By BUILDER Magazine Staff. Home automation took a leap forward in March, when the Cary, N.C.-based Home Director released the latest version of its Control Point automation server. The server, an Internet gateway that manages and distributes audio and video, makes Home Director the first company to use a new home operating system called SYS, from Premise Systems in Redmond, Wash. (www.premisesystems.com).
SYS manages relationships between different manufacturers' devices. It's based on the Microsoft-led Universal Plug and Play (UPnP) initiative: When someone connects a UPnP compliant device to the network, SYS automatically adds it.
That should do for automation what Windows did for PCs. "In the early days of the PC, connecting a printer was iffy at best," says Premise president Dan Quigley. A different driver was needed for each brand of printer. Today, the PC sees it has a new printer and automatically installs a driver that will work with that printer. "That's the goal we have for every device in the home," says Quigley.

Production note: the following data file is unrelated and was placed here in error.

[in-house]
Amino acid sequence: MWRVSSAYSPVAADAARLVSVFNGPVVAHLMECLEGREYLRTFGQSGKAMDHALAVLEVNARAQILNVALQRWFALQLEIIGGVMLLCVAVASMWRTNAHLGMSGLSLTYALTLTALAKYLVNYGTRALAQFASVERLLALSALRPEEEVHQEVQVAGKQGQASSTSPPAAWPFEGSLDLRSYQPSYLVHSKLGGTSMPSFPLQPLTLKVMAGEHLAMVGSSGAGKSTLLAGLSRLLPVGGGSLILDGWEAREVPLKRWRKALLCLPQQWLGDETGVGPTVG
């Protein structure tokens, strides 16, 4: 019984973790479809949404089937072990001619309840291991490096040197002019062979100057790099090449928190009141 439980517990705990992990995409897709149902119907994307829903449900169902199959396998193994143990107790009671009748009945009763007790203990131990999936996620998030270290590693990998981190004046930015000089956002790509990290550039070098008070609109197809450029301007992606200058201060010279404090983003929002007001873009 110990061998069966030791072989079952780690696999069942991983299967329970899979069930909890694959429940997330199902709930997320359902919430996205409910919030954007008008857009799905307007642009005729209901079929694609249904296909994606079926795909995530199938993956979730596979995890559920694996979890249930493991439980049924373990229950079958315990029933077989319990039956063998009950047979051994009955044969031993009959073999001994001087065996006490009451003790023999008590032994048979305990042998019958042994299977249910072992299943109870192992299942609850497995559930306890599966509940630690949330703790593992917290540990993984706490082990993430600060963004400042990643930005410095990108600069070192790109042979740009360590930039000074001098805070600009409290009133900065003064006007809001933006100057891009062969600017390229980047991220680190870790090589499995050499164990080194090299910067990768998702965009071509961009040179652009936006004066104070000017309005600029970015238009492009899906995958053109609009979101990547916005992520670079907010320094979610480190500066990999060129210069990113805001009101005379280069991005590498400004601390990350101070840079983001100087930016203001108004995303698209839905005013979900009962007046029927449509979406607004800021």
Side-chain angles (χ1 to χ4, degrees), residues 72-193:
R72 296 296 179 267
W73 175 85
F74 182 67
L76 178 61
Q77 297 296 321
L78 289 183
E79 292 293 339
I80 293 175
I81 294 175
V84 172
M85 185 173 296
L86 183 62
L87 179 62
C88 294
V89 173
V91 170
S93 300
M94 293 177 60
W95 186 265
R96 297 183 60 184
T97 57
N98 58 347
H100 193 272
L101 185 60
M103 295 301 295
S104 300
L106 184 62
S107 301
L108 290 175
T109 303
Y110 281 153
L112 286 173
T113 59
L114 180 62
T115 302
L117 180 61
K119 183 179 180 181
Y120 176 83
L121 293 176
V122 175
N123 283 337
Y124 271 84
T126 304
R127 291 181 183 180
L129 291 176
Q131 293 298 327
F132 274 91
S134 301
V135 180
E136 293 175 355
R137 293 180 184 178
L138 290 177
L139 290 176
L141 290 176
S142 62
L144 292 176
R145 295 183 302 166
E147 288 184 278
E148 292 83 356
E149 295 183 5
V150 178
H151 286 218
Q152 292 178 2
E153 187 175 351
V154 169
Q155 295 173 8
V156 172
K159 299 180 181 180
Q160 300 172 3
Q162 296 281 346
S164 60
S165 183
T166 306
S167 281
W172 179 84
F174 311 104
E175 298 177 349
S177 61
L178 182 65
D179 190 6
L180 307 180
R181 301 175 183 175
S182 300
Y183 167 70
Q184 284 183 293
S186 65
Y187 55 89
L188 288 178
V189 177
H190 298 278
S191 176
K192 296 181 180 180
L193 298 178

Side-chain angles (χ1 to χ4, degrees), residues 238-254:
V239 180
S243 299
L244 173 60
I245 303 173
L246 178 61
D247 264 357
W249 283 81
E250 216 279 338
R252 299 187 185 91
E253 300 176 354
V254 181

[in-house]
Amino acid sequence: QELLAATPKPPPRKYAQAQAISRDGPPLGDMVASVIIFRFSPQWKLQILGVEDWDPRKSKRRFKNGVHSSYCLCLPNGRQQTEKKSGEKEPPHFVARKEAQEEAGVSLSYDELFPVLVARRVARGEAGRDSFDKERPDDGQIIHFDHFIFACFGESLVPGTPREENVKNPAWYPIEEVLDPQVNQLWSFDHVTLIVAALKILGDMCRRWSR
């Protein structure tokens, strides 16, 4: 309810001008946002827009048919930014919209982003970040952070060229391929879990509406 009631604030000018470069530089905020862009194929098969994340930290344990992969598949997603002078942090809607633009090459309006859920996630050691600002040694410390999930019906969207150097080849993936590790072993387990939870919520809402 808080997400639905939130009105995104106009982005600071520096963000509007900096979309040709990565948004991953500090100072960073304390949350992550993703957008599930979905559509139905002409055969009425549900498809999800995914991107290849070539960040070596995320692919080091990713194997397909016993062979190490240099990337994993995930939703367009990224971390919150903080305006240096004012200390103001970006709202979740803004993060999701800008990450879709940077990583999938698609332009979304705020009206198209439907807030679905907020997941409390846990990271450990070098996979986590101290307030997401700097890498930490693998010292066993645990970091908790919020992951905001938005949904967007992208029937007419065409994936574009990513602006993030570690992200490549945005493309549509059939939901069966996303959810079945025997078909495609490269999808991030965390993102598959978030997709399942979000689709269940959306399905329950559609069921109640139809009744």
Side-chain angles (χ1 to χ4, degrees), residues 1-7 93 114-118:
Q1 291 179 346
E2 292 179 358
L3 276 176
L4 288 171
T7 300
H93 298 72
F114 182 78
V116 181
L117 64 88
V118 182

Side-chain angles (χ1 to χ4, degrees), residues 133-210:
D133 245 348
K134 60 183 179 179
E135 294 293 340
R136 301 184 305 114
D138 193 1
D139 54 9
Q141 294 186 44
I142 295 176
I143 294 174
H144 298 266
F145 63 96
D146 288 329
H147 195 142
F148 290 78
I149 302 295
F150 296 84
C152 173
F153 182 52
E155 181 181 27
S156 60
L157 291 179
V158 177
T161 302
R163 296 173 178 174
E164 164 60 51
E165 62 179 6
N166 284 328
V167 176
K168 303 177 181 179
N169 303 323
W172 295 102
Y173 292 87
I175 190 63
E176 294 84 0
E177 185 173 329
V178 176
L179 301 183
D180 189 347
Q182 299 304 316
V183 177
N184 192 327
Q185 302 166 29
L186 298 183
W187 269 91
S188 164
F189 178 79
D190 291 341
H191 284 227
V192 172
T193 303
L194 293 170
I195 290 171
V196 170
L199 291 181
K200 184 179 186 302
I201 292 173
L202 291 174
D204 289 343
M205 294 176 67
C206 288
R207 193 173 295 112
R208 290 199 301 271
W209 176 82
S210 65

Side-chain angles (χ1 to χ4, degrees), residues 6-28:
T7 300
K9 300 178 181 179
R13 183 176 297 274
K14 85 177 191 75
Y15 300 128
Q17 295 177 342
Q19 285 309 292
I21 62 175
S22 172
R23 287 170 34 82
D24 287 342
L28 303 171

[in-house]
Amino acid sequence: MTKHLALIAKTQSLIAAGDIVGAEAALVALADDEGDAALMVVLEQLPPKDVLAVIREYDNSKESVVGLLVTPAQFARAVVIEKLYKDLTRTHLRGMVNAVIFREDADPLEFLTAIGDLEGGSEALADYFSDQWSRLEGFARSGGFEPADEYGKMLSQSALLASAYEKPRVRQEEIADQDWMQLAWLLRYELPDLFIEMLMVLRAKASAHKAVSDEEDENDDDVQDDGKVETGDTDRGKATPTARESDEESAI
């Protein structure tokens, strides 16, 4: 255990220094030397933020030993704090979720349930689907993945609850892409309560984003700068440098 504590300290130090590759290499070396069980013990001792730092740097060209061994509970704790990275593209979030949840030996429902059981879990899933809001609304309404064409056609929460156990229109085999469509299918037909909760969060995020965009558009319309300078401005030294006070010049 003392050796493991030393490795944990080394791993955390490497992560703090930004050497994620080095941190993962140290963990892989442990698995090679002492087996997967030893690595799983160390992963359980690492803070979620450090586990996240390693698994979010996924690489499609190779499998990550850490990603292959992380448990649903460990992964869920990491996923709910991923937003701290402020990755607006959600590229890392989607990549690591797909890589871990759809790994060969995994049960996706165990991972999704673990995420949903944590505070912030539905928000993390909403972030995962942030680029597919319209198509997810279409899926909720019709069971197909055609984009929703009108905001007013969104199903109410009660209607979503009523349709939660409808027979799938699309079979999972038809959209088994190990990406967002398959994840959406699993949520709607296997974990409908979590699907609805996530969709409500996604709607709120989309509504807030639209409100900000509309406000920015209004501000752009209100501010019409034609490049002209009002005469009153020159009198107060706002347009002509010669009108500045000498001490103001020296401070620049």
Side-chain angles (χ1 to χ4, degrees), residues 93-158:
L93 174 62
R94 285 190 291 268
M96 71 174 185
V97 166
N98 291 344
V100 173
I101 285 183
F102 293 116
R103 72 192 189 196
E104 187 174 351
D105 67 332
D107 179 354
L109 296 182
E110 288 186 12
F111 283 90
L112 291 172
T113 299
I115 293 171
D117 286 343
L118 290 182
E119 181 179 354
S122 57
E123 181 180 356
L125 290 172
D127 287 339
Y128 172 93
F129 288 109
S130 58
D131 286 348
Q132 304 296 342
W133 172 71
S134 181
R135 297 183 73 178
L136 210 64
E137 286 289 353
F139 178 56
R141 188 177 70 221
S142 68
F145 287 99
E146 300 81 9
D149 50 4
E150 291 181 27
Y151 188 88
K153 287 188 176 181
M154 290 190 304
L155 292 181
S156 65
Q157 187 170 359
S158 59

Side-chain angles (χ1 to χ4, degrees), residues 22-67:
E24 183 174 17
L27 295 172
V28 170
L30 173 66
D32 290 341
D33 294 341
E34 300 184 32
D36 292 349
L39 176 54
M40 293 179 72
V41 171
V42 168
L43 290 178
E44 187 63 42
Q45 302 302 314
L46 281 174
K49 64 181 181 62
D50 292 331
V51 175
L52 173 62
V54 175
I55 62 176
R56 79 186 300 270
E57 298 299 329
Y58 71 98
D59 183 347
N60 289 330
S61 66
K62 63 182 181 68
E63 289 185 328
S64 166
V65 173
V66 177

Premise's Jim Hunter demonstrated SYS for BUILDER in March. Underneath the program's simple interface lies a control screen resembling Windows Explorer--not surprising for a Microsoft-compliant product. We were impressed with how simple it was to build automation routines by dragging lines to connect different parts of a subsystem. Hunter says that the control screen can manage nearly any automation scheme a homeowner would want. Underneath, its object-oriented system lets hard-core programmers go even further.
Home Director isn't the only company using SYS. It's also part of VIP Systems' all-in-one Web pad (See "All In One"), GE Smart's home networking system, as well as Lite Touch's and Lutron's lighting controls. Home integrators can buy it for $749. The integrators we've spoken with seem impressed. One told us that, in a high-end home, an automation job that used to cost $40,000 can now be done for as little as $10,000.